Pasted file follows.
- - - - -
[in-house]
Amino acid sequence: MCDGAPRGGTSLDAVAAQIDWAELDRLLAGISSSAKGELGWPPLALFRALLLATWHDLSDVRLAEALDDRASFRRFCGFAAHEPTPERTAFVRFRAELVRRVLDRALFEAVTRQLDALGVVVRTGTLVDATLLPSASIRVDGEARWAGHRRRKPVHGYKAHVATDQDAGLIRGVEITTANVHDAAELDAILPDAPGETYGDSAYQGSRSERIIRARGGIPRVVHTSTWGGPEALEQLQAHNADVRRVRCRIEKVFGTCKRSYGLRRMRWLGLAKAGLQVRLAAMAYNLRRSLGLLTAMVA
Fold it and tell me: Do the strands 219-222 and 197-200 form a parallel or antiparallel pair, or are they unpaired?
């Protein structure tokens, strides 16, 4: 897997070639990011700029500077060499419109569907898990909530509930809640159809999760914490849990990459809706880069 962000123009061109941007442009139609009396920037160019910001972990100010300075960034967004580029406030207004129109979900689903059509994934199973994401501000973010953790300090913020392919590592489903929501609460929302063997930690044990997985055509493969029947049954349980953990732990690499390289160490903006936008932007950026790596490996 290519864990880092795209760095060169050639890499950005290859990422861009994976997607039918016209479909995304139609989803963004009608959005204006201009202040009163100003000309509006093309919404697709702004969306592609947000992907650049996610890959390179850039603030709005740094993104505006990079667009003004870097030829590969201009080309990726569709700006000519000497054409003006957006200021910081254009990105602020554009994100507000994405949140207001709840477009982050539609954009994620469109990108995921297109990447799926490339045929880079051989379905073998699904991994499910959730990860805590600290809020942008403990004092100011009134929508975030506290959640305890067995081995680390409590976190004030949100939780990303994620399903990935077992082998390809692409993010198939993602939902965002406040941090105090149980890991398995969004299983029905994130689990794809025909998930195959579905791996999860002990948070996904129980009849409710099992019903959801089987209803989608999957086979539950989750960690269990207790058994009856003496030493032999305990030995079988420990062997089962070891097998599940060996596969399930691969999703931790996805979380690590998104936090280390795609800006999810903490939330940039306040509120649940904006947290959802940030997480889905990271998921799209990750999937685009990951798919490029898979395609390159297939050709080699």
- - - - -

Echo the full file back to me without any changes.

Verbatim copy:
[in-house]
Amino acid sequence: MCDGAPRGGTSLDAVAAQIDWAELDRLLAGISSSAKGELGWPPLALFRALLLATWHDLSDVRLAEALDDRASFRRFCGFAAHEPTPERTAFVRFRAELVRRVLDRALFEAVTRQLDALGVVVRTGTLVDATLLPSASIRVDGEARWAGHRRRKPVHGYKAHVATDQDAGLIRGVEITTANVHDAAELDAILPDAPGETYGDSAYQGSRSERIIRARGGIPRVVHTSTWGGPEALEQLQAHNADVRRVRCRIEKVFGTCKRSYGLRRMRWLGLAKAGLQVRLAAMAYNLRRSLGLLTAMVA
Fold it and tell me: Do the strands 219-222 and 197-200 form a parallel or antiparallel pair, or are they unpaired?
């Protein structure tokens, strides 16, 4: 897997070639990011700029500077060499419109569907898990909530509930809640159809999760914490849990990459809706880069 962000123009061109941007442009139609009396920037160019910001972990100010300075960034967004580029406030207004129109979900689903059509994934199973994401501000973010953790300090913020392919590592489903929501609460929302063997930690044990997985055509493969029947049954349980953990732990690499390289160490903006936008932007950026790596490996 290519864990880092795209760095060169050639890499950005290859990422861009994976997607039918016209479909995304139609989803963004009608959005204006201009202040009163100003000309509006093309919404697709702004969306592609947000992907650049996610890959390179850039603030709005740094993104505006990079667009003004870097030829590969201009080309990726569709700006000519000497054409003006957006200021910081254009990105602020554009994100507000994405949140207001709840477009982050539609954009994620469109990108995921297109990447799926490339045929880079051989379905073998699904991994499910959730990860805590600290809020942008403990004092100011009134929508975030506290959640305890067995081995680390409590976190004030949100939780990303994620399903990935077992082998390809692409993010198939993602939902965002406040941090105090149980890991398995969004299983029905994130689990794809025909998930195959579905791996999860002990948070996904129980009849409710099992019903959801089987209803989608999957086979539950989750960690269990207790058994009856003496030493032999305990030995079988420990062997089962070891097998599940060996596969399930691969999703931790996805979380690590998104936090280390795609800006999810903490939330940039306040509120649940904006947290959802940030997480889905990271998921799209990750999937685009990951798919490029898979395609390159297939050709080699």